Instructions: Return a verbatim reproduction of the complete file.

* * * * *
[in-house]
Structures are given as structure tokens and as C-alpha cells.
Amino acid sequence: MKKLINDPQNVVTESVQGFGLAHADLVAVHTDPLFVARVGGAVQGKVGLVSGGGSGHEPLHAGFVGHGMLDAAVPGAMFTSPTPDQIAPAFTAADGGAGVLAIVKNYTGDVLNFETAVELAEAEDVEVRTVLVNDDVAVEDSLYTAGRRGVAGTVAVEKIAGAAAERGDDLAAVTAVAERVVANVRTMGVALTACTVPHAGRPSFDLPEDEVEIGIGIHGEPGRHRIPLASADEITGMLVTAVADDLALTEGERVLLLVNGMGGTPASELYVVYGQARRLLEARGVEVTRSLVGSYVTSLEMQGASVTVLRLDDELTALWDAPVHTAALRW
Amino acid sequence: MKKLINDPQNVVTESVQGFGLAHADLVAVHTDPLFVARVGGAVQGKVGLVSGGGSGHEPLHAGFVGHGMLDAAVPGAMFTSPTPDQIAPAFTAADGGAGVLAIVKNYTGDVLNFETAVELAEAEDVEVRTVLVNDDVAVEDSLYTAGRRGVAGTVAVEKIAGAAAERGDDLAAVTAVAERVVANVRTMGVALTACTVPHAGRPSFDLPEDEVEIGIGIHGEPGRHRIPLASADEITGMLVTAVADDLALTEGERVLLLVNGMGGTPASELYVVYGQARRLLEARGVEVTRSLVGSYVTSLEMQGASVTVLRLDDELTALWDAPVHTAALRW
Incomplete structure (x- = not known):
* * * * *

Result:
[in-house]
Structures are given as structure tokens and as C-alpha cells.
Amino acid sequence: MKKLINDPQNVVTESVQGFGLAHADLVAVHTDPLFVARVGGAVQGKVGLVSGGGSGHEPLHAGFVGHGMLDAAVPGAMFTSPTPDQIAPAFTAADGGAGVLAIVKNYTGDVLNFETAVELAEAEDVEVRTVLVNDDVAVEDSLYTAGRRGVAGTVAVEKIAGAAAERGDDLAAVTAVAERVVANVRTMGVALTACTVPHAGRPSFDLPEDEVEIGIGIHGEPGRHRIPLASADEITGMLVTAVADDLALTEGERVLLLVNGMGGTPASELYVVYGQARRLLEARGVEVTRSLVGSYVTSLEMQGASVTVLRLDDELTALWDAPVHTAALRW
Amino acid sequence: MKKLINDPQNVVTESVQGFGLAHADLVAVHTDPLFVARVGGAVQGKVGLVSGGGSGHEPLHAGFVGHGMLDAAVPGAMFTSPTPDQIAPAFTAADGGAGVLAIVKNYTGDVLNFETAVELAEAEDVEVRTVLVNDDVAVEDSLYTAGRRGVAGTVAVEKIAGAAAERGDDLAAVTAVAERVVANVRTMGVALTACTVPHAGRPSFDLPEDEVEIGIGIHGEPGRHRIPLASADEITGMLVTAVADDLALTEGERVLLLVNGMGGTPASELYVVYGQARRLLEARGVEVTRSLVGSYVTSLEMQGASVTVLRLDDELTALWDAPVHTAALRW
Incomplete structure (x- = not known):